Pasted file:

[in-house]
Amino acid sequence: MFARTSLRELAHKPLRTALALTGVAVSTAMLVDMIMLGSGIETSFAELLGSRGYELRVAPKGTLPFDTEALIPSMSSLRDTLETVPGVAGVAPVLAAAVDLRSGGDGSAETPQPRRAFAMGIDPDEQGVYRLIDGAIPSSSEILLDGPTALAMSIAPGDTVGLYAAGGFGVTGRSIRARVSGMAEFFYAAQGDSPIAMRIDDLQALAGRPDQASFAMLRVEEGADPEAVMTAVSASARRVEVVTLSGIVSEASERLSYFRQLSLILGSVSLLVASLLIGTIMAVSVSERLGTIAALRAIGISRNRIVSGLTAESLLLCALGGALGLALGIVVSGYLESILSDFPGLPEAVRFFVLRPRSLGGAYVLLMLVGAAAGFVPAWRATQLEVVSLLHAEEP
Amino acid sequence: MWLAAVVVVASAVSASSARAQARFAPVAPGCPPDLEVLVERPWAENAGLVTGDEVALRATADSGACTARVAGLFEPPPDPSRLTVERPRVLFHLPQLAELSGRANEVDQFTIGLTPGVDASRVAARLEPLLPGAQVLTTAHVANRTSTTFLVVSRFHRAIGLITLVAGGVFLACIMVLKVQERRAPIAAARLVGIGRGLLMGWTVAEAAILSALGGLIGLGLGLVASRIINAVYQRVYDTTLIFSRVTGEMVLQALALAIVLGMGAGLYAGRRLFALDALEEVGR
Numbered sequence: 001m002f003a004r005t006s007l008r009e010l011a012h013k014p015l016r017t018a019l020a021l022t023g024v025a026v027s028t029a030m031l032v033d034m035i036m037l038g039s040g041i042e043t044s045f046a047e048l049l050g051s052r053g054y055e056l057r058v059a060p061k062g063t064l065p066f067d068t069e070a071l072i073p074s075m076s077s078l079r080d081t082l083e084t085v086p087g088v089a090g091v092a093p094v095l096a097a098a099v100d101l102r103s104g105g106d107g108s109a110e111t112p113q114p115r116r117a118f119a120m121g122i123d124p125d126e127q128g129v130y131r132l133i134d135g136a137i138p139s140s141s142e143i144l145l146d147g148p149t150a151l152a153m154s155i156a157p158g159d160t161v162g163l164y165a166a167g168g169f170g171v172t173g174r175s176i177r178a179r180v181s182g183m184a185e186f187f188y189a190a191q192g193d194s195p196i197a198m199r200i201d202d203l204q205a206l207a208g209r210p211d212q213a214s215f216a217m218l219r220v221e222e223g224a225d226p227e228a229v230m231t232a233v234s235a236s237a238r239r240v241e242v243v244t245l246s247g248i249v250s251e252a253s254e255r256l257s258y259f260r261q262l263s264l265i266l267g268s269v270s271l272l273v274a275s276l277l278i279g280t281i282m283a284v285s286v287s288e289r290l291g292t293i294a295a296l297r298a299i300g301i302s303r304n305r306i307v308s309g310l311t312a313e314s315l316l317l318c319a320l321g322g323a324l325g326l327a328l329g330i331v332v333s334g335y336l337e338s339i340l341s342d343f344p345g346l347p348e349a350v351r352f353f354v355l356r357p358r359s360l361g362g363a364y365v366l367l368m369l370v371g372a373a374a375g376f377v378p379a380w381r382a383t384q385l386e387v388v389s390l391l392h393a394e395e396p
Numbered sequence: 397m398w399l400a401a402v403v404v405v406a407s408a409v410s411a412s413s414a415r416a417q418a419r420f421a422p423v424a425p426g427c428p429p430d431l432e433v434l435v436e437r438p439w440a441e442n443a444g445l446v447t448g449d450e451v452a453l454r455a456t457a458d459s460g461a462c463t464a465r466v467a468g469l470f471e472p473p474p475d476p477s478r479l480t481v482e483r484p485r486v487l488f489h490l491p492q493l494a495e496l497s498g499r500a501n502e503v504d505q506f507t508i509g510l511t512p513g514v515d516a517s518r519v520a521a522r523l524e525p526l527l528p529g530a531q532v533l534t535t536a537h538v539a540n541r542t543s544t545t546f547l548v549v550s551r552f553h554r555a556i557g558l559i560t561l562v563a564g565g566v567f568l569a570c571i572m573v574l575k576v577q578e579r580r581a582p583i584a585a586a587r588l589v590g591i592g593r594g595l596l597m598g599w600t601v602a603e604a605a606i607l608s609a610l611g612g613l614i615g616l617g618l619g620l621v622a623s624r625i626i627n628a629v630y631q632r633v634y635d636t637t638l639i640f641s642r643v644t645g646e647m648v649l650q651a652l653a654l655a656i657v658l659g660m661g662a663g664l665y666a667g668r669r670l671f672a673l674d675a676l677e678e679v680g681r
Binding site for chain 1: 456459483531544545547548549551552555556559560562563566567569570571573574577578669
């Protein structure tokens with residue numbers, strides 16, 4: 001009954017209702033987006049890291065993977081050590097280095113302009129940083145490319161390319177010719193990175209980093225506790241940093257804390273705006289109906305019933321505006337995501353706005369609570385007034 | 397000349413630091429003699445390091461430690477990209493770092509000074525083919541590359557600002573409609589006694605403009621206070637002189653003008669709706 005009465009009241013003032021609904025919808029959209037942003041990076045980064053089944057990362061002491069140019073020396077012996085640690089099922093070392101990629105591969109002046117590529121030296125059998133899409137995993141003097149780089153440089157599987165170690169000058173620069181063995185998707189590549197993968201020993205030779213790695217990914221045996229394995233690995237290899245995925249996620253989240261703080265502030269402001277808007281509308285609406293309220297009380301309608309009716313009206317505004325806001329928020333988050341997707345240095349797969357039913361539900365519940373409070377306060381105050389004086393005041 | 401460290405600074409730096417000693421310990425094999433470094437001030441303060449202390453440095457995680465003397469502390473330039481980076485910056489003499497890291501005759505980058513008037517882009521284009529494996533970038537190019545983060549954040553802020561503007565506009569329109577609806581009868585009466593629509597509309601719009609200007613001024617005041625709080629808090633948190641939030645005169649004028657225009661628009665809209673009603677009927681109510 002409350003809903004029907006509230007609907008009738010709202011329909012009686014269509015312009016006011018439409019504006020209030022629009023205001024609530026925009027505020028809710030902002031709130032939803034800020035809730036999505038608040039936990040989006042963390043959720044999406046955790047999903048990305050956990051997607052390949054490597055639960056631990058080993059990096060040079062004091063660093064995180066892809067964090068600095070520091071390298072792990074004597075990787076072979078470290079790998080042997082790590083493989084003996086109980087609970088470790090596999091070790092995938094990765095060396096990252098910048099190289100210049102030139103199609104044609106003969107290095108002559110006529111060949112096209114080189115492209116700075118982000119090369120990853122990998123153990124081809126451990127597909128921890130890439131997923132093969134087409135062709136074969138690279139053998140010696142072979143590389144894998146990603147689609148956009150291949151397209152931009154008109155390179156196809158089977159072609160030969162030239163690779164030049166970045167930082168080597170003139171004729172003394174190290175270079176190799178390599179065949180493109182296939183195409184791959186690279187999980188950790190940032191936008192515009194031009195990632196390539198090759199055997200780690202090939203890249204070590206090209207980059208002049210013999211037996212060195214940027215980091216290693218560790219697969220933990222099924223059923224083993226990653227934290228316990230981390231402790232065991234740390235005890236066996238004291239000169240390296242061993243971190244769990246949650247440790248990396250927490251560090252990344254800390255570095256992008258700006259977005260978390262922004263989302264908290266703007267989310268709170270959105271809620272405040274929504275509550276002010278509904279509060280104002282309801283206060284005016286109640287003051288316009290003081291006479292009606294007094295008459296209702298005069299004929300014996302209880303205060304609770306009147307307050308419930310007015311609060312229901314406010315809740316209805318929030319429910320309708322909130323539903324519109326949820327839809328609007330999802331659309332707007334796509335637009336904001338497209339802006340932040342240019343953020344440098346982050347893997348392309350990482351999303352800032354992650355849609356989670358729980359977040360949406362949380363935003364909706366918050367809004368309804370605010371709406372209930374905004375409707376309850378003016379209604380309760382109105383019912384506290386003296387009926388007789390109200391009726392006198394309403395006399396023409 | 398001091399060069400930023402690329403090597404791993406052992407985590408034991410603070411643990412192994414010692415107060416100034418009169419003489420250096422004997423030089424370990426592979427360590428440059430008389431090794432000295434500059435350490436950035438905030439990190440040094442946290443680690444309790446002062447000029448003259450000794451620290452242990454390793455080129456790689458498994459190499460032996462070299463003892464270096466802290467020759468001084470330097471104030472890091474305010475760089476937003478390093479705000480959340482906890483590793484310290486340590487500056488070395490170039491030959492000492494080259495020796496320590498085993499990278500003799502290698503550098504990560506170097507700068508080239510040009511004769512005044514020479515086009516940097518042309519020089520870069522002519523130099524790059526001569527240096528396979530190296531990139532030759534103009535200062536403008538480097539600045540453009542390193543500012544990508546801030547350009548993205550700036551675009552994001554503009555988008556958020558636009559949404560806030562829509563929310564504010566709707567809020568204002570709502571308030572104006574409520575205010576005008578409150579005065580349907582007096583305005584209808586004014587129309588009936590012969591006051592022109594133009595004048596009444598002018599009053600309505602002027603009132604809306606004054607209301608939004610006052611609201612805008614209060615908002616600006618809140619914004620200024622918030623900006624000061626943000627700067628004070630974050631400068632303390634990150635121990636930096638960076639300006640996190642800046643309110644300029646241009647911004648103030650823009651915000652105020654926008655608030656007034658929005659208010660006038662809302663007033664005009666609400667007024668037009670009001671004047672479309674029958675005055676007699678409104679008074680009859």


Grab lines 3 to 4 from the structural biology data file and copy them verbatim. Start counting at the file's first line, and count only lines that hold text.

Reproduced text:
Amino acid sequence: MWLAAVVVVASAVSASSARAQARFAPVAPGCPPDLEVLVERPWAENAGLVTGDEVALRATADSGACTARVAGLFEPPPDPSRLTVERPRVLFHLPQLAELSGRANEVDQFTIGLTPGVDASRVAARLEPLLPGAQVLTTAHVANRTSTTFLVVSRFHRAIGLITLVAGGVFLACIMVLKVQERRAPIAAARLVGIGRGLLMGWTVAEAAILSALGGLIGLGLGLVASRIINAVYQRVYDTTLIFSRVTGEMVLQALALAIVLGMGAGLYAGRRLFALDALEEVGR
Numbered sequence: 001m002f003a004r005t006s007l008r009e010l011a012h013k014p015l016r017t018a019l020a021l022t023g024v025a026v027s028t029a030m031l032v033d034m035i036m037l038g039s040g041i042e043t044s045f046a047e048l049l050g051s052r053g054y055e056l057r058v059a060p061k062g063t064l065p066f067d068t069e070a071l072i073p074s075m076s077s078l079r080d081t082l083e084t085v086p087g088v089a090g091v092a093p094v095l096a097a098a099v100d101l102r103s104g105g106d107g108s109a110e111t112p113q114p115r116r117a118f119a120m121g122i123d124p125d126e127q128g129v130y131r132l133i134d135g136a137i138p139s140s141s142e143i144l145l146d147g148p149t150a151l152a153m154s155i156a157p158g159d160t161v162g163l164y165a166a167g168g169f170g171v172t173g174r175s176i177r178a179r180v181s182g183m184a185e186f187f188y189a190a191q192g193d194s195p196i197a198m199r200i201d202d203l204q205a206l207a208g209r210p211d212q213a214s215f216a217m218l219r220v221e222e223g224a225d226p227e228a229v230m231t232a233v234s235a236s237a238r239r240v241e242v243v244t245l246s247g248i249v250s251e252a253s254e255r256l257s258y259f260r261q262l263s264l265i266l267g268s269v270s271l272l273v274a275s276l277l278i279g280t281i282m283a284v285s286v287s288e289r290l291g292t293i294a295a296l297r298a299i300g301i302s303r304n305r306i307v308s309g310l311t312a313e314s315l316l317l318c319a320l321g322g323a324l325g326l327a328l329g330i331v332v333s334g335y336l337e338s339i340l341s342d343f344p345g346l347p348e349a350v351r352f353f354v355l356r357p358r359s360l361g362g363a364y365v366l367l368m369l370v371g372a373a374a375g376f377v378p379a380w381r382a383t384q385l386e387v388v389s390l391l392h393a394e395e396p